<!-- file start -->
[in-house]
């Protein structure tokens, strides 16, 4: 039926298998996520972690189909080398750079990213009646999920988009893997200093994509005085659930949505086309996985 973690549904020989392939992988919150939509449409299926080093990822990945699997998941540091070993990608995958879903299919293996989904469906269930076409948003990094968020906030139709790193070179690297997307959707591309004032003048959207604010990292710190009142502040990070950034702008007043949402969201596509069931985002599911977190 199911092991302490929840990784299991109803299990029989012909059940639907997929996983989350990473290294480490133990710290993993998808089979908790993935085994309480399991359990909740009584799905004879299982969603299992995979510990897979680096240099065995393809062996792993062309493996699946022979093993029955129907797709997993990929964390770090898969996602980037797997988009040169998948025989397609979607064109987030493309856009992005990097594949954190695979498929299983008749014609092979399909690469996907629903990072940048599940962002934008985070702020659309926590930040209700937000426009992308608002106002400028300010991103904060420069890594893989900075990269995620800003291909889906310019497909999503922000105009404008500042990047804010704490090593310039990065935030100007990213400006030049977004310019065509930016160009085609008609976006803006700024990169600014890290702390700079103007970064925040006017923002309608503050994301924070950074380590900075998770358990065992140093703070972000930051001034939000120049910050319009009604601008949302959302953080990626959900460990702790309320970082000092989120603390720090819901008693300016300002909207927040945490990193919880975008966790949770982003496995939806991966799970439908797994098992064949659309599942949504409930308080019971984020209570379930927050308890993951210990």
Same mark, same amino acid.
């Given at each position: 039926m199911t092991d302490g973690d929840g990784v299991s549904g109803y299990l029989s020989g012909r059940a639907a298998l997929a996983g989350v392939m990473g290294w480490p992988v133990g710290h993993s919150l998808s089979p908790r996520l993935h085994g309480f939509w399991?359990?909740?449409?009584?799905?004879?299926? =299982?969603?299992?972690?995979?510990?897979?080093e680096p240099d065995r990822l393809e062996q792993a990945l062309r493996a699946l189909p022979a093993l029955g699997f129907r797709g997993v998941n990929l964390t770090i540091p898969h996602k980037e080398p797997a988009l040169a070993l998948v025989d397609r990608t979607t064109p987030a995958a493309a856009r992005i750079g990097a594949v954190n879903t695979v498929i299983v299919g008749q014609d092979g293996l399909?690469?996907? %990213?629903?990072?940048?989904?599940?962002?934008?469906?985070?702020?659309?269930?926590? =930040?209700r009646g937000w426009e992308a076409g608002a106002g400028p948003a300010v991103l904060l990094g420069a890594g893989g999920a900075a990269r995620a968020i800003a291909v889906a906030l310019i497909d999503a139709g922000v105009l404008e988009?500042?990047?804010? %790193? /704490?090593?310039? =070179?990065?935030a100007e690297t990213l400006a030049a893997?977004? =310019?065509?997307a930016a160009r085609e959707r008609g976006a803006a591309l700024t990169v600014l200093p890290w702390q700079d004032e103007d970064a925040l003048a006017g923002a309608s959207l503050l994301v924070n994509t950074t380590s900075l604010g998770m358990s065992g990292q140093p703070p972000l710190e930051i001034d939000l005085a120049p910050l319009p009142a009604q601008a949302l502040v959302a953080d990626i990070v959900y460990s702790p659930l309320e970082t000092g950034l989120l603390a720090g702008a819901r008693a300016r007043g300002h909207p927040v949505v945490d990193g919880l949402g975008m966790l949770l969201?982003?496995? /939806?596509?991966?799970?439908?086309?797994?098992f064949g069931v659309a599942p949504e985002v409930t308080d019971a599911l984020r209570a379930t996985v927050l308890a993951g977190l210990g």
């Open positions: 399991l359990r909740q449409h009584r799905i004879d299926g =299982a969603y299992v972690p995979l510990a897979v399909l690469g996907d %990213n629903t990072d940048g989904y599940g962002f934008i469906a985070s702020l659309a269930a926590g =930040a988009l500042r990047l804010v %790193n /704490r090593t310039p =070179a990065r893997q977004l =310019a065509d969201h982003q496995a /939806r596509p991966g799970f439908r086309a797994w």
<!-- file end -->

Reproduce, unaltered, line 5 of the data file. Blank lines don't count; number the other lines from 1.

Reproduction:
């Open positions: 399991l359990r909740q449409h009584r799905i004879d299926g =299982a969603y299992v972690p995979l510990a897979v399909l690469g996907d %990213n629903t990072d940048g989904y599940g962002f934008i469906a985070s702020l659309a269930a926590g =930040a988009l500042r990047l804010v %790193n /704490r090593t310039p =070179a990065r893997q977004l =310019a065509d969201h982003q496995a /939806r596509p991966g799970f439908r086309a797994w």